Pressure and patience key words upon Juan Soto's arrival at spring training


WEST PALM BEACH, Fla. -- Two ideas are percolating around Juan Soto this spring: pressure and patience.

There was none of the former last season. Howie Kendrick’s torn Achilles tendon opened a chance for Soto to come to the major leagues. Mike Rizzo’s surprise call -- even folks overseeing the minor-league system were startled by the choice -- was also necessary for Soto to be tossed into left field.

If the 19-year-old floundered, so be it. His discipline at the plate earned him a shot. Soto could easily be sent back down if he was not ready. No pressure.

His patience became the baseline for his evolving into a phenomenon. At the plate, in the outfield, with the work and tedium of a full baseball season. Soto kept working when he dipped in August relative to his other months. He “took” his walks throughout the season. His discipline was uncommon and resonated more because of his age.

He’s famous now, asked for autographs during a tour of Japan and recognized at home in the Dominican Republic. Soto arrived at big-league camp for the first time Monday. His plush locker is next to Victor Robles. Anything that has jumped out since walking into the major-league side of the operation in West Palm Beach?

“It's really good to see what a nice clubhouse here,” Soto said with a smile.

Soto said he feels no pressure to replicate the rocket ride of his first year. He didn’t just come from the minors. He rose from low-A ball to the major leagues, where he finished second in National League Rookie of the Year voting.

Martinez already spoke to him about not thinking about numbers. The emphases for Martinez are to repeat last year, but not in a numerical sense. More so in the thirst to learn and daily amusement that should accompany playing this game as a 20-year-old.

“For me, it’s keeping him grounded,” Martinez said. “The biggest thing for me is not to try to do more. Just go out there. He’s really good at taking his walks. And just playing the game. I want him to continue having fun and just play the game. I told him: Don’t put any numbers in your head. Just go out there and have fun like you did last year. Just play the game.”

A few feet from Soto’s new locker is Howie Kendrick. He’s entering his age-36 season and 14th year in the majors. Nine of those years were spent with the Anaheim Angels. Four were alongside Mike Trout. All of this makes Kendrick a good resource for assessment, and he voluntarily made the comparison.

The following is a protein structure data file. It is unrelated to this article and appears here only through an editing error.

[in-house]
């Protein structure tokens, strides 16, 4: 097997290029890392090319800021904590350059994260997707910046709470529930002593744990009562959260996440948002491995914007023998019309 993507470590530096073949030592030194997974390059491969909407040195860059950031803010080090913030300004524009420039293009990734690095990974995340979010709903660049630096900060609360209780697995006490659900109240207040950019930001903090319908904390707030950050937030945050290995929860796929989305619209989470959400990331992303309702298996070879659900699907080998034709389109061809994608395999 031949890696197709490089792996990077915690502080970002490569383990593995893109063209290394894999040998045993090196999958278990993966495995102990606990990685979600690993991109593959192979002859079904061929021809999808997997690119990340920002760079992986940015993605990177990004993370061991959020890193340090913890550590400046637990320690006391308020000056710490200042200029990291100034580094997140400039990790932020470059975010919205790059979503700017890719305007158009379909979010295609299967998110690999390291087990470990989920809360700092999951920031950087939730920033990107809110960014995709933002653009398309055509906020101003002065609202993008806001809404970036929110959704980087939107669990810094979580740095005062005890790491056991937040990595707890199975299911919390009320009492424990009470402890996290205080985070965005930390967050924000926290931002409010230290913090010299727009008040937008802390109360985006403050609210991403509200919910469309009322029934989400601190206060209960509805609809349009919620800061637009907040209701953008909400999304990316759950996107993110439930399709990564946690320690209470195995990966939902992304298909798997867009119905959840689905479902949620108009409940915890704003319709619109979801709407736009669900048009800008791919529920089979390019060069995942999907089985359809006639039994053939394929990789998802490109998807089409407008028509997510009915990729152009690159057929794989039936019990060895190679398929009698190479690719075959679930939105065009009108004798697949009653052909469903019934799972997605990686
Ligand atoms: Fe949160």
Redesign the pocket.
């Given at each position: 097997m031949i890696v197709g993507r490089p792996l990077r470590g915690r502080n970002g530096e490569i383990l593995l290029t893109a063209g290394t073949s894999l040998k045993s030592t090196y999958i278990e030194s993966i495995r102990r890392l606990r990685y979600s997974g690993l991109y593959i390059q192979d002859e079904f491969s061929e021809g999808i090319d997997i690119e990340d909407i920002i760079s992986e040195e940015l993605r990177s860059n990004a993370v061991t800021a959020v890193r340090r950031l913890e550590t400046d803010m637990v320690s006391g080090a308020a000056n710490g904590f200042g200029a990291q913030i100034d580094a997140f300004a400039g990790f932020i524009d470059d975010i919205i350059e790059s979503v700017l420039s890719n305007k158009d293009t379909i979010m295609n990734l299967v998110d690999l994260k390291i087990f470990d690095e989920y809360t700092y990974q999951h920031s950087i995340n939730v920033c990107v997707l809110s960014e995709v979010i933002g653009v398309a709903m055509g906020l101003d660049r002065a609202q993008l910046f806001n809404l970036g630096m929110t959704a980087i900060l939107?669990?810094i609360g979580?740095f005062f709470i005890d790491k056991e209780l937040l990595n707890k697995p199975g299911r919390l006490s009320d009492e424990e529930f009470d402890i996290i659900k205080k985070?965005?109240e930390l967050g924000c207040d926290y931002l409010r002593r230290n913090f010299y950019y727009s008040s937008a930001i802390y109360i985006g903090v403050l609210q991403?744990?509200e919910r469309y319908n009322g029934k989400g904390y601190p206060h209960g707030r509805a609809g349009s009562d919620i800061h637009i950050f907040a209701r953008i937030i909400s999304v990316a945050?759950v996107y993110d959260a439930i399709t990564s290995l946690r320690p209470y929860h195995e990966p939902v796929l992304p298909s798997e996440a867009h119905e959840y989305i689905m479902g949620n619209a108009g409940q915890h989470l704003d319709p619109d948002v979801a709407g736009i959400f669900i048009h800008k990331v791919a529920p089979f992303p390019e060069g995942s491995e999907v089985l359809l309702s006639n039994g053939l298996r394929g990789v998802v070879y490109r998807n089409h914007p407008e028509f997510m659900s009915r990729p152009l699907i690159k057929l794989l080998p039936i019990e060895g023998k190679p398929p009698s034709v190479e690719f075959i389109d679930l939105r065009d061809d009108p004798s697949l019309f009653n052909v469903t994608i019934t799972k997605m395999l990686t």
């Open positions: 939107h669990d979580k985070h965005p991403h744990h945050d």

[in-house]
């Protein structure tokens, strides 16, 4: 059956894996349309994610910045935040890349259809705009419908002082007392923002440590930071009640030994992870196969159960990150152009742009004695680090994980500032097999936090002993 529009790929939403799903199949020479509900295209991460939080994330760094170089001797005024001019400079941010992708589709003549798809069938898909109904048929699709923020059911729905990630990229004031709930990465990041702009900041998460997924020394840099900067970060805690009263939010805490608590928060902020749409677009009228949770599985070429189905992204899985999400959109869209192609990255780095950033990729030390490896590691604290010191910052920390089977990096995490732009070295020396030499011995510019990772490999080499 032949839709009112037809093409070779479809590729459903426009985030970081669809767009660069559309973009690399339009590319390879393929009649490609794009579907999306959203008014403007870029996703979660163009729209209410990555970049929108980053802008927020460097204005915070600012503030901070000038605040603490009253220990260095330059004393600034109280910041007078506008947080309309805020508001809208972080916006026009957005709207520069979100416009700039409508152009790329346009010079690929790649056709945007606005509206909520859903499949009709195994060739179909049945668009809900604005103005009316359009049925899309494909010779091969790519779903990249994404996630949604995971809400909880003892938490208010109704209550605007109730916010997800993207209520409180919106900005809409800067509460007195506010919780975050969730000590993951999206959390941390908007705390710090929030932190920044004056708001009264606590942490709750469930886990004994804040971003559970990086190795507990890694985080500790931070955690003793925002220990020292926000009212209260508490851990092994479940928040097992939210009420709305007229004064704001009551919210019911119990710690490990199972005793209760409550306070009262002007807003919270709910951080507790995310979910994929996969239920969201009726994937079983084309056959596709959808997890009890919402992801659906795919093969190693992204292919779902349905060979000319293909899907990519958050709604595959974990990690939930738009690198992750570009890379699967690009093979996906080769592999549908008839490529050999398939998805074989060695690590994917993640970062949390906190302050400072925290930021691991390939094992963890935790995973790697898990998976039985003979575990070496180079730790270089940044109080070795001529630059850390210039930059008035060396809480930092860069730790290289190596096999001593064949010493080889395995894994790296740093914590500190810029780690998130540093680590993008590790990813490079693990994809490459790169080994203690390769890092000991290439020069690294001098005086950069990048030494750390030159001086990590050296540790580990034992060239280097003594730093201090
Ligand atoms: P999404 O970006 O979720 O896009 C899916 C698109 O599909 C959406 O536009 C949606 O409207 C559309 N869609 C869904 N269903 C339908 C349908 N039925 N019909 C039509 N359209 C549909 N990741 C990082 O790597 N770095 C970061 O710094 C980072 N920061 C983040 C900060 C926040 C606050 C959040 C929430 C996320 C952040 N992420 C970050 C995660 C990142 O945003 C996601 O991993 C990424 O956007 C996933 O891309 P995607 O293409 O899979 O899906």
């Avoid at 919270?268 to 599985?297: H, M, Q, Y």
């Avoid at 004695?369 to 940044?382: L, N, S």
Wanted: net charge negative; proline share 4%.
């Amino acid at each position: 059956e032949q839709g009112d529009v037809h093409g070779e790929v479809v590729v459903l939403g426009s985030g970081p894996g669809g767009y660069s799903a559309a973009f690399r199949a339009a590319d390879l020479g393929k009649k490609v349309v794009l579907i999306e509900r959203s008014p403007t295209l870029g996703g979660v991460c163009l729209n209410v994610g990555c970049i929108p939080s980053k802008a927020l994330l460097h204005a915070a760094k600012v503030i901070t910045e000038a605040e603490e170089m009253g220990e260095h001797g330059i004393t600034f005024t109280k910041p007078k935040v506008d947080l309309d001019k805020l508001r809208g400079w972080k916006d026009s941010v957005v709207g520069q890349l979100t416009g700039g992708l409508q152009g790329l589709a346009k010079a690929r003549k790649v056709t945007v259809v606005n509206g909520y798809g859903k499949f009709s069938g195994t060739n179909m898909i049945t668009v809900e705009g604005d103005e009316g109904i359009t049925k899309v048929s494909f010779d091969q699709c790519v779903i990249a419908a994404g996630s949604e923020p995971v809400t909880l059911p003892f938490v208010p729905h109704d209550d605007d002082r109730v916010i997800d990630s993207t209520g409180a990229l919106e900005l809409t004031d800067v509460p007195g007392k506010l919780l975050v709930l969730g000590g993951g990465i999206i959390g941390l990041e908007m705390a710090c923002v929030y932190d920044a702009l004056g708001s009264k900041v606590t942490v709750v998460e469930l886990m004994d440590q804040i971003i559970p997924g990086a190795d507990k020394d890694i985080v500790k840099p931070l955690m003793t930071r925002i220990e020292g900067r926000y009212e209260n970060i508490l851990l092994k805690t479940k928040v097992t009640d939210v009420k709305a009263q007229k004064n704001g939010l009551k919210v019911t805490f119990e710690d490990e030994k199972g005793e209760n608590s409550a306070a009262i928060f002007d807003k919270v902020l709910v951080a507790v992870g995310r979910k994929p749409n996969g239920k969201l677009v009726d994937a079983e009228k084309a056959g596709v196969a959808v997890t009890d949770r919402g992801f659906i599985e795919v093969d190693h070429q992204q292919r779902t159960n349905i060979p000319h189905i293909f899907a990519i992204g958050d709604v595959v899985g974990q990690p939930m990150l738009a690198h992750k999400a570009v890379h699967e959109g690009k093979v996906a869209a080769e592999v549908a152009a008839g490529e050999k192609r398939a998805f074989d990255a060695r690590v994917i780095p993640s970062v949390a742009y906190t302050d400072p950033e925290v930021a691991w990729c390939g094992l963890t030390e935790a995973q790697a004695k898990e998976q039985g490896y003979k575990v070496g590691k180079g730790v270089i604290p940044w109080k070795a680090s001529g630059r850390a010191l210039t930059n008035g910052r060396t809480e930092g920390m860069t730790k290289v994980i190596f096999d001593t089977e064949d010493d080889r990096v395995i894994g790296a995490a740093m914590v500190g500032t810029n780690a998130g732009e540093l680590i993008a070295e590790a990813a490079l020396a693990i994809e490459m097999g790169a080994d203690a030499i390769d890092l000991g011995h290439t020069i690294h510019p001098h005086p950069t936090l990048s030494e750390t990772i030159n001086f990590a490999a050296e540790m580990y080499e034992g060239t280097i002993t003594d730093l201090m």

“He’s happy, loves the game,” Kendrick said. “He goes 0-for-4, he’s, ‘no big deal’ and right back at it. I played with another guy that was just like that and his name was Mike Trout. The guy came in and would play the game, wanted to win every day and just had a great attitude every single day. And I see a lot of those same similarities in Juan coming in every day, playing the game, plays it at a high level. Not quite as speedy as Mike Trout but he does a lot of similar things that Mike does and hopefully he’ll continue his success into the season and…show us what type of player he’s really going to continue to be.”

Improving his defense remains a priority for Soto. The Nationals placed him in left field last season out of need. He had played five games at that spot in the minor leagues prior. He improved, continued to work on outfield drills during the offseason, and comes to Florida focused on that aspect.

Martinez has also publicly taken a bit of a defensive stance about one Soto-related item: The Soto Shuffle. Players pinned a nickname on Soto’s tendency to swipe the dirt away in the batter’s box after he takes a ball. Martinez argues it’s Soto’s way of resetting and being in the moment. It’s also caught the attention of opponents and veterans who like to dip into the unwritten rules when determining whether someone is “showing up” the pitcher.

“We talk a lot about it,” Martinez said. “But they’ve got to understand it’s his way of keeping engaged in the at-bat and getting to the next pitch. That’s all it is. He’s not showing anybody up. We talked to him about it. We also told him: Look, every now and then, I know you get in the moment and you don’t realize you do it, but just back it down a little bit.”

So, the spring training formula for Soto is be the same. More or less. Then let everything else take care of itself.


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